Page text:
So, you love your job. Good for you. What about when all of a sudden you don't? Or you're all of sudden asked to leave: restructuring, downsizing, office moves to another state, FBI raid...
If you suddenly find yourself on the couch at 2 pm watching Ellen instead of in your office polishing your newest sales deck, what are you going to do?
The usual response I see? Scramble and panic.
Even if you can't imagine a life without your current job, you need to prepare for a sudden, swift shift that no longer allows you to love your job (ask some Uber execs about the summer of 2017).
Start doing these 4 things right now, to protect your future (okay, you can finish your latte first).
All the Numbers
If you work in a job where ANYTHING is measured, keep track of those numbers yourself. I can't stress enough how impactful those numbers will be when it comes time to market yourself for a new job.
In sales positions, this is pretty straightforward. In other roles, you may have to dig a little deeper.
How many clients (internal/external) do you support? What is your response time or turnaround time on requests/projects? How many people do you manage/train? What is the budget amount you control? What is the value of programs you oversee?
Also, think about quantifying and tracking improvements of any kind - cost reductions, time savings, employee engagement changes, attrition/retention rates, etc.
Trusted with a big project at work? This is resume gold - especially if the project had a positive impact on the company or your group/department.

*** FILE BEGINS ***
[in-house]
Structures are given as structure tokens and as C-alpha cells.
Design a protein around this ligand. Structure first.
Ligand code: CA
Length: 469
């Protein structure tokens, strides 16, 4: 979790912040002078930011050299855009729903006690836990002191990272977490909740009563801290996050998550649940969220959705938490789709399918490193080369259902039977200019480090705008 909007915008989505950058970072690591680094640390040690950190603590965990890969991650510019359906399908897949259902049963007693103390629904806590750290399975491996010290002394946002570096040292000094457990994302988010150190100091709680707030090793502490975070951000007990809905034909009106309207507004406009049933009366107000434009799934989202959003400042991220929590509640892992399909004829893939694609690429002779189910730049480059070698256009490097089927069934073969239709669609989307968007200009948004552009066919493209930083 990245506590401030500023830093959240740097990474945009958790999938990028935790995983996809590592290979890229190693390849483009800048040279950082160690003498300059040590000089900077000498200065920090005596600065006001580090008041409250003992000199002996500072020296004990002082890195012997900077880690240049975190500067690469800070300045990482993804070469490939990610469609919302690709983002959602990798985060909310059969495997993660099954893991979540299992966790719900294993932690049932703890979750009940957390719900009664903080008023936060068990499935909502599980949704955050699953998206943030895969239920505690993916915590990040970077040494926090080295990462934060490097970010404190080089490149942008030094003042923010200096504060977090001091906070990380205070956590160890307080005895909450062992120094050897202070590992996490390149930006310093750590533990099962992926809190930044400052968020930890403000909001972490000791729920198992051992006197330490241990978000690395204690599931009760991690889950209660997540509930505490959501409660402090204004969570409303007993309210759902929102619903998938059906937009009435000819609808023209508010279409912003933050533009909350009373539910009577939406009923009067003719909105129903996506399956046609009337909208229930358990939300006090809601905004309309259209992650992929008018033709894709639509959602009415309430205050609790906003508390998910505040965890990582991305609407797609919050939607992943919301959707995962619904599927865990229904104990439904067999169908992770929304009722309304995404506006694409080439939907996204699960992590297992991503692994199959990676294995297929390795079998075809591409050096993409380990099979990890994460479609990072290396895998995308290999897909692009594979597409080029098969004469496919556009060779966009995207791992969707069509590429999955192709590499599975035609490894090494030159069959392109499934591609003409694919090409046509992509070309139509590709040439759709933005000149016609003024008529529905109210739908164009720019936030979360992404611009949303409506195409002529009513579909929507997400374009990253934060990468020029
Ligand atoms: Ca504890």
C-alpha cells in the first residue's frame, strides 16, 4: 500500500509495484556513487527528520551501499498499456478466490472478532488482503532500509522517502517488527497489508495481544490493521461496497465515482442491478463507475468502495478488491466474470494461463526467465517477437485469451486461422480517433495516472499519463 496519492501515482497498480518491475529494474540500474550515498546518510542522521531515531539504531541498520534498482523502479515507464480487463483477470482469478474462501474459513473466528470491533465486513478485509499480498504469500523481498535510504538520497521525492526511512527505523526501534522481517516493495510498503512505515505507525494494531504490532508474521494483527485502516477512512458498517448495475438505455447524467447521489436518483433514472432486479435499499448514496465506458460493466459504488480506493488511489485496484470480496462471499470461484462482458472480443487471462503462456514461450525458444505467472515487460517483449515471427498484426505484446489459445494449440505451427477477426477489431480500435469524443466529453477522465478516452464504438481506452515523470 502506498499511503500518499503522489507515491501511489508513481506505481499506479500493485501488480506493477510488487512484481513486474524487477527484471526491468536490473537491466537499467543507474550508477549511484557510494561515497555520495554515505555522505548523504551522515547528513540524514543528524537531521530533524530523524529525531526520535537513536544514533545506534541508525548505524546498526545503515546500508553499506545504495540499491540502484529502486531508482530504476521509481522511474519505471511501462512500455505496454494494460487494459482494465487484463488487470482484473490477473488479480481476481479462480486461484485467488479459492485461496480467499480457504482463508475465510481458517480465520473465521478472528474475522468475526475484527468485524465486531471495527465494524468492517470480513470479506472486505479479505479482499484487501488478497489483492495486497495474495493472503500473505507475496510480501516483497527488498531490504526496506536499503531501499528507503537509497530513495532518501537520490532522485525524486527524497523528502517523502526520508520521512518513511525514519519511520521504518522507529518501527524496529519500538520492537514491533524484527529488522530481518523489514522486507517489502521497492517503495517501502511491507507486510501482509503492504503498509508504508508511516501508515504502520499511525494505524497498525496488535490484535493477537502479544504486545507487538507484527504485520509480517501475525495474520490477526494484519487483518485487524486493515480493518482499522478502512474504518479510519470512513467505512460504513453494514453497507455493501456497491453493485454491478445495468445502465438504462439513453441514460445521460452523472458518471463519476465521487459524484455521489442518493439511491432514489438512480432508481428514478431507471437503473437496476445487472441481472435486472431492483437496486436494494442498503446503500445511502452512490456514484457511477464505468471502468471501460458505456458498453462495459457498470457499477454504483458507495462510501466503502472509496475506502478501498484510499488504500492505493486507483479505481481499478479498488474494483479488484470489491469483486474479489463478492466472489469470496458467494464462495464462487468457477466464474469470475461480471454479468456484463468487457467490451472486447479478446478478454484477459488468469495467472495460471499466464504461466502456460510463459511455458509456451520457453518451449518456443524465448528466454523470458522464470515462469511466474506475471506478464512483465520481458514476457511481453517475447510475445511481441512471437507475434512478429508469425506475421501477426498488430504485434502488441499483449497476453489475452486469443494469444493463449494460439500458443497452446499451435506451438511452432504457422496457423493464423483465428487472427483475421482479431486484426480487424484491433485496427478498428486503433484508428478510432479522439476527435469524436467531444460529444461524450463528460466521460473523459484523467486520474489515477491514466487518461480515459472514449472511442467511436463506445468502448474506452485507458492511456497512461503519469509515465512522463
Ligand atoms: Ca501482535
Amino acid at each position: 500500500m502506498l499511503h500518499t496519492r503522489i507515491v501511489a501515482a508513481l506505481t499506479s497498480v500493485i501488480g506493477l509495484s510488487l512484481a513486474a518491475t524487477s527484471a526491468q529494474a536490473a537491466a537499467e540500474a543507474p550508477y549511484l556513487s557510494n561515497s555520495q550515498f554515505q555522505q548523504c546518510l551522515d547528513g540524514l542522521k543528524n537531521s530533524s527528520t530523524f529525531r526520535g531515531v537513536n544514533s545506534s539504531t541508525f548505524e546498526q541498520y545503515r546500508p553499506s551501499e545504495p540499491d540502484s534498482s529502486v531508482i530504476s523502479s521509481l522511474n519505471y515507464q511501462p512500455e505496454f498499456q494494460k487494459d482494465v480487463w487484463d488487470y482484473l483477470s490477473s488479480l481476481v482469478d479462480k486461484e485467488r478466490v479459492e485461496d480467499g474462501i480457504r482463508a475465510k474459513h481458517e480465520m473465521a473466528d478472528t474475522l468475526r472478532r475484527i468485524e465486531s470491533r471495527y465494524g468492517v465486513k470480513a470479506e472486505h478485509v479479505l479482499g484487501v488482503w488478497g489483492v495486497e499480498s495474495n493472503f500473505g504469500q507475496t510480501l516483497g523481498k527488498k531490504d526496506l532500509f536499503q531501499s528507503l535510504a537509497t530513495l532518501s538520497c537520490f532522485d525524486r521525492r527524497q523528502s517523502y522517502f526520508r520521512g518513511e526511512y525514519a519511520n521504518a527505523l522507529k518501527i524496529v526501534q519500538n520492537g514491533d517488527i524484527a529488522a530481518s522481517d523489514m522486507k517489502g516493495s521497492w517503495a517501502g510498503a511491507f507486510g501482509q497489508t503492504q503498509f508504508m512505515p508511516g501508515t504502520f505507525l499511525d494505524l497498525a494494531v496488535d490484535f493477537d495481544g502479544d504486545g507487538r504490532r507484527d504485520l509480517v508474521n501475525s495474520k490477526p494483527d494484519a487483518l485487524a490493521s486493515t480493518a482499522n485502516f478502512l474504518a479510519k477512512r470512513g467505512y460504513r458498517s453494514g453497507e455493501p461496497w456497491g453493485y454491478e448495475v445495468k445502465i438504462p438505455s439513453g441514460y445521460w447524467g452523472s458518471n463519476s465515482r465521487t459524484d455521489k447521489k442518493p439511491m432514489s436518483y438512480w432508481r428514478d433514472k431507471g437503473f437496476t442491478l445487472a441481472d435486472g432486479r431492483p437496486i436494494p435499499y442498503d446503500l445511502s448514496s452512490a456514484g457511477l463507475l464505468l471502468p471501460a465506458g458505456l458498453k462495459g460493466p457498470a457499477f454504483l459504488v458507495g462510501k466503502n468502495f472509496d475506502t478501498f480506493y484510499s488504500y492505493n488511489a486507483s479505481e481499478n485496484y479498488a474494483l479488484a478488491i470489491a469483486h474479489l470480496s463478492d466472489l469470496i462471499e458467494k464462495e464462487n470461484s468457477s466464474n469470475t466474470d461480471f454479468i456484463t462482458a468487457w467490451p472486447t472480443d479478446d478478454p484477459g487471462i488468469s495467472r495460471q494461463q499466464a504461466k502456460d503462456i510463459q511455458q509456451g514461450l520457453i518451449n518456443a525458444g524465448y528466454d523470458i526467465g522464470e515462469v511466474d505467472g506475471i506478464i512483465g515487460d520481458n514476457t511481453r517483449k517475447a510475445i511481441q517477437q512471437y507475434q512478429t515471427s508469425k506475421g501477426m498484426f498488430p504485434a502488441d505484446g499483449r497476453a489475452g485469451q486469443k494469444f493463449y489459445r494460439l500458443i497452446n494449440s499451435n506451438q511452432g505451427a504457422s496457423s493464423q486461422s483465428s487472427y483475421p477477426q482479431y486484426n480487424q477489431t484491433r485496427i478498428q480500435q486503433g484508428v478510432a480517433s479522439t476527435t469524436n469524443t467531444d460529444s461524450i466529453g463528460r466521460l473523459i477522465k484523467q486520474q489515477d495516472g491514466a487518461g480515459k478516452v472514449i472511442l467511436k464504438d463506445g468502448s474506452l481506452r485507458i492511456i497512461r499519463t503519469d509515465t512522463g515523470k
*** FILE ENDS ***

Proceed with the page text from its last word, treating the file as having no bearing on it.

The definition of project can be as broad as you need it to be: an idea that was implemented, a new report you developed, an interim assignment during an employee absence, etc.
Any time you step outside the letter of your job description, deserves to be recorded for future use (resume, promotion, salary negotiation, etc.)
Accolades & Performance Reviews
Pretty please with sugar on top, keep your performance reviews! Scan them, print them, email them to yourself - whatever you need to do to save them for personal use.
Old reviews can be a gold mine of information if you suddenly find yourself in a job search for the first time in many, many years.
They can jog your memory about performance outcomes, projects, and strengths. They also deliver insight about your unique value - what past bosses thought about you and your contributions, is what your next boss wants to know!
Hopefully it goes without saying, but you need to track awards/accolades. It's kinda awesome to say "award-winning" on your resume AND have the specific details to back it up.
"But I HATE Networking!" Yes, me too. Calm down crazy.
Can you trade 5 minutes of your usual Facebook/Instagram/Twitter/Snapchat time to go on LinkedIn? Thought so.
All you need to do is like/share a few posts, keep your current role updated (with all the stuff you're tracking above), and send out a few invites.
Continue to grow your network and be engaged. You can't just show up on LinkedIn when YOU need something. You have to be there with help and advice when others in your industry need something.
Added bonus: LinkedIn can help position you as a thought leader and an expert in your field. Which, could pay-off (cha-ching!) when, and if ever, it's time to job hunt.